House of the Dragon Season 1 Episode 3 Second of His Name | Under the Radar Magazine Under the Radar | Music Blog for the Indie Music Magazine
Monday, May 29th, 2023  

House of the Dragon Season 1, Episode 3 (“Second of His Name”)

HBO, September 4, 2022

Sep 09, 2022 Photography by Ollie Upton/HBO Web Exclusive
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Craghas Drahar only appears in approximately two lines of George R.R. Martin’s Fire & Blood, upon which House of the Dragon is based. He’s a Myrish prince leading the Triarchy armada in the Stepstones. He stakes his opponents to the beach to feed the crabs–hence his nickname. He is eventually cut down by Daemon Targaryen in a single combat. Craghas certainly doesn’t become a main character in the series. He’s introduced in a few ominous shots last week and by the end of the third episode, “Second of His Name,” he’s met his fate at the edge of Daemon’s blade, Dark Sister. He never even speaks a line of dialogue. Yet his character is a prime example of how even the vaguest details and most minor characters from Martin’s fictional histories can make for arresting visual images.

Played by Daniel Scott-Smith under pounds of gruesome prosthetics, the Crabfeeder appears to be suffering from greyscale, a quasi-mystical form of leprosy that is scarring in children (fan will remember Shireen Baratheon’s facial marks in the original series) and fatally degenerative in adults. Scott-Smith’s twitchy, measured physicality and the grotesque weeping scabs that make up his skin, in addition to the extremely cool mask he wears, which appears to be salvaged from the figurehead of a ship, opens the door to reading an endless amount of backstory into the character.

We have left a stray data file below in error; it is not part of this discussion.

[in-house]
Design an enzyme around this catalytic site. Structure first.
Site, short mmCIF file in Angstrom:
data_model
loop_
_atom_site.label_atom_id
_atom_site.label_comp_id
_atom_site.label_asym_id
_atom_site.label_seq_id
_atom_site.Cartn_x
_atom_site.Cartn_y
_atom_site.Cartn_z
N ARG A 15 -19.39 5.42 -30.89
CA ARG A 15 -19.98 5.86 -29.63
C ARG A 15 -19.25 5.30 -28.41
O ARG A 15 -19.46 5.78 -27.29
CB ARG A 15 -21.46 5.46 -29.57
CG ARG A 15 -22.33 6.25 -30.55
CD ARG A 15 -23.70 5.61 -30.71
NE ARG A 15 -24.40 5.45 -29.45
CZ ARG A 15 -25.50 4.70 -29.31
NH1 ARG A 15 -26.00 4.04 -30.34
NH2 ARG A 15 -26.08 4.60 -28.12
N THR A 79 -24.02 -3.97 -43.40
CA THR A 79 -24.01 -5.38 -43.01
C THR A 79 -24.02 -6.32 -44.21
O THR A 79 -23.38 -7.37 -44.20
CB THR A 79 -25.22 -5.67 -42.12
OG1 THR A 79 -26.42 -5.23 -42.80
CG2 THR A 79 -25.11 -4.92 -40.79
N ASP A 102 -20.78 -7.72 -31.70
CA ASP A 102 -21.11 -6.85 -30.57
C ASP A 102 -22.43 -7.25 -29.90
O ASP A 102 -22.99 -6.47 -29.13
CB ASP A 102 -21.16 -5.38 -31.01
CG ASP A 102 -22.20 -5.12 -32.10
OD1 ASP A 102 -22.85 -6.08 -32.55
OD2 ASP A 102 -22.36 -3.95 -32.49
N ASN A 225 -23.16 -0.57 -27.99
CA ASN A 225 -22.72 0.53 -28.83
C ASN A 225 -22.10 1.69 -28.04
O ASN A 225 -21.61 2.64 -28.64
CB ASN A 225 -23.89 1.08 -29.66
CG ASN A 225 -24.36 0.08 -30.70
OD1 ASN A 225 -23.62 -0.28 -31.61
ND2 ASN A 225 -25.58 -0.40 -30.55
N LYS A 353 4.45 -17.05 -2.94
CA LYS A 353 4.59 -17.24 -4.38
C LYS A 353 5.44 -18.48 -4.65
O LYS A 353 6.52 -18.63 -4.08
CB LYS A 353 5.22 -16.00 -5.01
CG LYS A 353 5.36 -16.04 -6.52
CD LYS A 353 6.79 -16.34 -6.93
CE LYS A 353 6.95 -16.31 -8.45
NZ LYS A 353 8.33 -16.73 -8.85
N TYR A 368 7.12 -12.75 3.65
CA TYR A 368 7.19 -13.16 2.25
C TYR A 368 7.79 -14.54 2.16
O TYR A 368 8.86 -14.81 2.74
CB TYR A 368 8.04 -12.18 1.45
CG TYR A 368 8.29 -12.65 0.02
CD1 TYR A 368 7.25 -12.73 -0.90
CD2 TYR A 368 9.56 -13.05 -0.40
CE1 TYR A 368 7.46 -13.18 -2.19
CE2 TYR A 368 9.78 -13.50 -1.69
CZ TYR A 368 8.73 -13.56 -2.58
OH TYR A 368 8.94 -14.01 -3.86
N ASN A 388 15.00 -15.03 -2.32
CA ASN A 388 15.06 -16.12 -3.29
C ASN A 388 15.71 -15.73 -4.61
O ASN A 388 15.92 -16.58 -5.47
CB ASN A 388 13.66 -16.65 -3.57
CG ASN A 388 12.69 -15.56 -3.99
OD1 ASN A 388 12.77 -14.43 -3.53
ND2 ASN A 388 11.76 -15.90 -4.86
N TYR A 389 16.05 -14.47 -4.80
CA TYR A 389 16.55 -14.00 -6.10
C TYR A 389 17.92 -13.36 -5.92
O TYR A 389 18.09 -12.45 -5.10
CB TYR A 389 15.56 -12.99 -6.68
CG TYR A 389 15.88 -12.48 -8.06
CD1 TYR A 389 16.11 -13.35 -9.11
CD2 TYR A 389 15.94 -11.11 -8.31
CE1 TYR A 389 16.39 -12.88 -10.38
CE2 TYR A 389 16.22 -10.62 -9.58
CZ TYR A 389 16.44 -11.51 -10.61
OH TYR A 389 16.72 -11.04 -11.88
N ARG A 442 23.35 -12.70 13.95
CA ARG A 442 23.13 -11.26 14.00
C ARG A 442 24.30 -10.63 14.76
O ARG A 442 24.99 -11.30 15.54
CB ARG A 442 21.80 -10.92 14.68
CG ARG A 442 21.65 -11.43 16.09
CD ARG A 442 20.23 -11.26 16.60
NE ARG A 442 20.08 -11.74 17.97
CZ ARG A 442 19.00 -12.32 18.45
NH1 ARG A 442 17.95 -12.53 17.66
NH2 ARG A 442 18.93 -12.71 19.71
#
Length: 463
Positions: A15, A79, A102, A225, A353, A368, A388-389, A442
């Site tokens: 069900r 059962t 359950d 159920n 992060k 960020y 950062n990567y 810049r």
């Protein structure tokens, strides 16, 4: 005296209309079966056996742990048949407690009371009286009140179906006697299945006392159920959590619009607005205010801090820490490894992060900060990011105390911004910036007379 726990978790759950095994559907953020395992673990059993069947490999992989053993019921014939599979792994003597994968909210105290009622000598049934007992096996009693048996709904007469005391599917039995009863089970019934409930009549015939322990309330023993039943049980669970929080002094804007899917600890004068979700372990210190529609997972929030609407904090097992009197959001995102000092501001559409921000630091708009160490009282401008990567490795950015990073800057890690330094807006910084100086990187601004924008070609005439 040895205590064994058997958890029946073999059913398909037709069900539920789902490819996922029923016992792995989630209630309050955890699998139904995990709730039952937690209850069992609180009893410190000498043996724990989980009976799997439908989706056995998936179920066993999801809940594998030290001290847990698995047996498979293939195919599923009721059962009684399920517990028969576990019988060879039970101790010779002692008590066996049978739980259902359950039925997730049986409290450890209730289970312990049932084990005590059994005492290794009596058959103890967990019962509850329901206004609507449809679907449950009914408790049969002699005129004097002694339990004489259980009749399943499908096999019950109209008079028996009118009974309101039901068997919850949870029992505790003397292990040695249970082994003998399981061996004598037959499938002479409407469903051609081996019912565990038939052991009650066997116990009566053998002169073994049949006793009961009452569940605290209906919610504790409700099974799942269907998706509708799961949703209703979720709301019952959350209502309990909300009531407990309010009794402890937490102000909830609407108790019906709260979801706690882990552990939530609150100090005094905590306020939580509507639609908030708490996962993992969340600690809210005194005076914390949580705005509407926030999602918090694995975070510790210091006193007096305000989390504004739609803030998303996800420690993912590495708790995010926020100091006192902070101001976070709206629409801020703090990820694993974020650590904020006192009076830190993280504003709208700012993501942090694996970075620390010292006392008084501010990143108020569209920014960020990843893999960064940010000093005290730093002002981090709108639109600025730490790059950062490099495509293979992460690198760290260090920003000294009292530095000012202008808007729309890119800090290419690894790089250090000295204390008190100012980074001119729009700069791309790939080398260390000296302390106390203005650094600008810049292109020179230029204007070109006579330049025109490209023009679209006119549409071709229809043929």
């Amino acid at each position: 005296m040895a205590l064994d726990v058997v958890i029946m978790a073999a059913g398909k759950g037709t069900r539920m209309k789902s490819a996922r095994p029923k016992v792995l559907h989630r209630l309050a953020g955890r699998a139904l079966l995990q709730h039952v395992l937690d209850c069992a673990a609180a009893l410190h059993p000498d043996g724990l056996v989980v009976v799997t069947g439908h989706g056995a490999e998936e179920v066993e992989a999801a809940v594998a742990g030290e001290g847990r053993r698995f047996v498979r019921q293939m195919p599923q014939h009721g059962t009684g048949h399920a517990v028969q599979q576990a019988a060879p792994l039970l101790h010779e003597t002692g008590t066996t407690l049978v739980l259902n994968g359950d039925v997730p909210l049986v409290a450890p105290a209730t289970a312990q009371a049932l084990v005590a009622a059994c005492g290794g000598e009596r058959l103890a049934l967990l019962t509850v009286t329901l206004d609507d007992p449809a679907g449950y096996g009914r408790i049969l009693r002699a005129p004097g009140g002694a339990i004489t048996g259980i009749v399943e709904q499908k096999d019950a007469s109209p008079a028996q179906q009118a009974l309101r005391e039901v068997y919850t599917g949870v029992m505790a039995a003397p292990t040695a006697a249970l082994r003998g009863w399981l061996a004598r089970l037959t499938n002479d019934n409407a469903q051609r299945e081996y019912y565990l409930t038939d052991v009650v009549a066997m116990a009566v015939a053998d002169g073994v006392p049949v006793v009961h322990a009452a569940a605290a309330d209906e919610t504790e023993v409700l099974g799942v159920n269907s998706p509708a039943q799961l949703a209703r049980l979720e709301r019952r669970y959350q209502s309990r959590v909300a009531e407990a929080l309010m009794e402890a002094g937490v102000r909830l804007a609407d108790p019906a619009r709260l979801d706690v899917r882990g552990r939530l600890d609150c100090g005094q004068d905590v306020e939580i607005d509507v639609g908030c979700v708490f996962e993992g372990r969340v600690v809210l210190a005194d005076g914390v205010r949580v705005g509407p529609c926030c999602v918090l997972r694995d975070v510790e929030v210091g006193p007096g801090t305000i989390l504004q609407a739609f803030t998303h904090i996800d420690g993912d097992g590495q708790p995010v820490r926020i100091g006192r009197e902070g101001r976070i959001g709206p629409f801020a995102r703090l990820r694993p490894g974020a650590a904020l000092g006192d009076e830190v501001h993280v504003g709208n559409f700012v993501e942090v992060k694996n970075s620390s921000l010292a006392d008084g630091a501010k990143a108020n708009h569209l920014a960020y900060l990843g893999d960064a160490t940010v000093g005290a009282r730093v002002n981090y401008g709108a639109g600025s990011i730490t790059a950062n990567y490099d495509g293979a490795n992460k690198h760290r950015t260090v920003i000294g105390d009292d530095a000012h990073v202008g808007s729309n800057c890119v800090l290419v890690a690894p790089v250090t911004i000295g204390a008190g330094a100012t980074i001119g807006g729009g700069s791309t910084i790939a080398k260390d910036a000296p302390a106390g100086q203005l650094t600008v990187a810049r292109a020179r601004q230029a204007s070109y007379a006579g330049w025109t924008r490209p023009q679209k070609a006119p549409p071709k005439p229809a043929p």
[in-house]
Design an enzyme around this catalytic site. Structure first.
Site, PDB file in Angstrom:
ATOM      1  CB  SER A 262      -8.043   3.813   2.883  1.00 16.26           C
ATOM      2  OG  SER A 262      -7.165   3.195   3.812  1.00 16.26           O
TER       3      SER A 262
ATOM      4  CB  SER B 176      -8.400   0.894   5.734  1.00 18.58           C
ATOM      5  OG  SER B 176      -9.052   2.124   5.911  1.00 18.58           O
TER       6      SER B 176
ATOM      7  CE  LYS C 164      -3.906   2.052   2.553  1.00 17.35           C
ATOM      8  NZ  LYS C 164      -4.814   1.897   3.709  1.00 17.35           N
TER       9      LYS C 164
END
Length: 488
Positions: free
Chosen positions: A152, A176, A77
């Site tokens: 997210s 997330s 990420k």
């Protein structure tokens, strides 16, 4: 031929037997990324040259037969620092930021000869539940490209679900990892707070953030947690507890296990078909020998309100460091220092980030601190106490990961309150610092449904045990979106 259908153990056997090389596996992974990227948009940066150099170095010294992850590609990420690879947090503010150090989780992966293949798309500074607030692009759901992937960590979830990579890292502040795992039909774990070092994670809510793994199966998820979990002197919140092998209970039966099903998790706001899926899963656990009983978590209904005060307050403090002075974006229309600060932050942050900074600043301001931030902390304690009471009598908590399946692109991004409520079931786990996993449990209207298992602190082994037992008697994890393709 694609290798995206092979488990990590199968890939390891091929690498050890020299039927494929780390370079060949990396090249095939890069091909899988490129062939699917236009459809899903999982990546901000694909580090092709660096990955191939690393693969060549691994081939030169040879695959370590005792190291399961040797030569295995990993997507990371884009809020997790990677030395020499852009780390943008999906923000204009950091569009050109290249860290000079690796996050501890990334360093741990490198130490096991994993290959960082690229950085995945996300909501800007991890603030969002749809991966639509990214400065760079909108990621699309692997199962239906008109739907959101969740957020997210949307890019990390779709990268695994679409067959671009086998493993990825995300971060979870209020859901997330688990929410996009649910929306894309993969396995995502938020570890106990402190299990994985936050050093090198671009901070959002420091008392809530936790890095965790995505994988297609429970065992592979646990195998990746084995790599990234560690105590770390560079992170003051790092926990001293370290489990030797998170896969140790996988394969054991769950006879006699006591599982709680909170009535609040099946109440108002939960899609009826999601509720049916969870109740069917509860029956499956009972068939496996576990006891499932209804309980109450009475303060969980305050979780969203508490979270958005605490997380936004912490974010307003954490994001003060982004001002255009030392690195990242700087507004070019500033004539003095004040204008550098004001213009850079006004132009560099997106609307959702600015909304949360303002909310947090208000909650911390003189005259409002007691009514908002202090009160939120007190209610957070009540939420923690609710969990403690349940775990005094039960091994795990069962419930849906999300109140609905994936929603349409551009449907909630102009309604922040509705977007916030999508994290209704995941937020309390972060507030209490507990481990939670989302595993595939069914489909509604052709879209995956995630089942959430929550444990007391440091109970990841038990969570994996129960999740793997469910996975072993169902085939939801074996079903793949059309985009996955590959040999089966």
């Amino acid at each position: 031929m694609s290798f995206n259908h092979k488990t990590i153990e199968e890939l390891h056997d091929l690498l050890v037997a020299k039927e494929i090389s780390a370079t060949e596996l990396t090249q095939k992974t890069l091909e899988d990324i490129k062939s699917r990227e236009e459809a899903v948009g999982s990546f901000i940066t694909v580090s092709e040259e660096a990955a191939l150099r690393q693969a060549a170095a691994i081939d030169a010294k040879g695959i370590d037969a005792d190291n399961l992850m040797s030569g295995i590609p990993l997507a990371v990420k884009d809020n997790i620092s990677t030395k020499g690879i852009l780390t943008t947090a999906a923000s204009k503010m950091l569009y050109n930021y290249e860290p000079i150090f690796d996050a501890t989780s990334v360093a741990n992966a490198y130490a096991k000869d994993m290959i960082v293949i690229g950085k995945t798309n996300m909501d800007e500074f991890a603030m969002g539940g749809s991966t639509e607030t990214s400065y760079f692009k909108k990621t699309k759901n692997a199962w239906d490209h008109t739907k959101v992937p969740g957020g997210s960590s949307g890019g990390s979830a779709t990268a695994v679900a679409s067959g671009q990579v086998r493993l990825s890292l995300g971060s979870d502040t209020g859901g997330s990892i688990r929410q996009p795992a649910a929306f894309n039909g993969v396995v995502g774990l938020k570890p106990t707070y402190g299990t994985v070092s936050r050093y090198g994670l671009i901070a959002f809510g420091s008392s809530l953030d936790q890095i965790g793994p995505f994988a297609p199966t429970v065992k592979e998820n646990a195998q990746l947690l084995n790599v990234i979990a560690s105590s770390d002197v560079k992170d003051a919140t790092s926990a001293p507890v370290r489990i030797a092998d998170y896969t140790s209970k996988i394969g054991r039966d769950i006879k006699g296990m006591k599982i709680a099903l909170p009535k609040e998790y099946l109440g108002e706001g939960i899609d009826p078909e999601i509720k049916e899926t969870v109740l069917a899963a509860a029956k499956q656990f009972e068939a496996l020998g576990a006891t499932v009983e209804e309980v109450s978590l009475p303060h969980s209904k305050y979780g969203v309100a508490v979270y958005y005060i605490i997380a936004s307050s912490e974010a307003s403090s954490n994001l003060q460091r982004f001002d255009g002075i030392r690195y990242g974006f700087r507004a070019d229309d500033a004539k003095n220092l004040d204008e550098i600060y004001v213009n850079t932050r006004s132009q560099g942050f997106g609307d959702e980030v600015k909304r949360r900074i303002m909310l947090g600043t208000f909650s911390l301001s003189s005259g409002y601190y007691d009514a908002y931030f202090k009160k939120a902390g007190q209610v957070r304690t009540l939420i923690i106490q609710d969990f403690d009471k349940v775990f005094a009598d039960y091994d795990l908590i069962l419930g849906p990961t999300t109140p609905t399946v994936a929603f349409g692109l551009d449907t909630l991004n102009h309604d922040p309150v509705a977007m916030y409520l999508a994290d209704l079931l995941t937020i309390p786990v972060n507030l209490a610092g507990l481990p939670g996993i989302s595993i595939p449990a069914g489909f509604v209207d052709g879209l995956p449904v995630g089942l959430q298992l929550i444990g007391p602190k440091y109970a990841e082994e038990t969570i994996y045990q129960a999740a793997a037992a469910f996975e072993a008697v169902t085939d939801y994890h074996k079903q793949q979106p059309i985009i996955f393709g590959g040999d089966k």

The first five and the final fifteen minutes of “Second of His Name” concern Daemon and Corlys’ war in the Stepstones. We are introduced to the cautious, contentious Vaemond Velaryon–Corlys’ eldest nephew in Fire & Blood, reimagined here as his younger brother. Also, the aged-up version of Corlys’ son and heir Laenor, twin to Laena whom we met last episode during her awkward “date” with the king. The war in the Stepstones has dragged on for years by the episode’s opening, with the Crabfeeder’s insurgency-style tactics bleeding Corlys and Daemon’s armies and negating the force multiplier that is Daemon’s dragon, Caraxes. These segments introduce layers to the inner workings of House Velaryon–specifically that Laenor is a dragon rider thanks to the blood of his mother Rhaenys Targaryen and his mount is Seasmoke.

The star of the show is once again the rogue prince Daemon. Humbled by years of defeat but still an arrogant prick, Daemon reacts to news that his royal brother Viserys is sending aid by beating the messenger half to death. This spurs Daemon to a suicide mission in which he pretends to surrender to the Crabfeeder’s forces only to attempt to cut his way through them to Craghas himself. Shot up with arrows and about to have a last stand, he’s saved by the Velaryon army and Laenor on Seasmoke. His final showdown with Craghas goes unseen. The last image of the episode is Daemon exiting a cave, covered in blood and dragging the top half of Crabfeeder’s corpse. Fire and blood, indeed.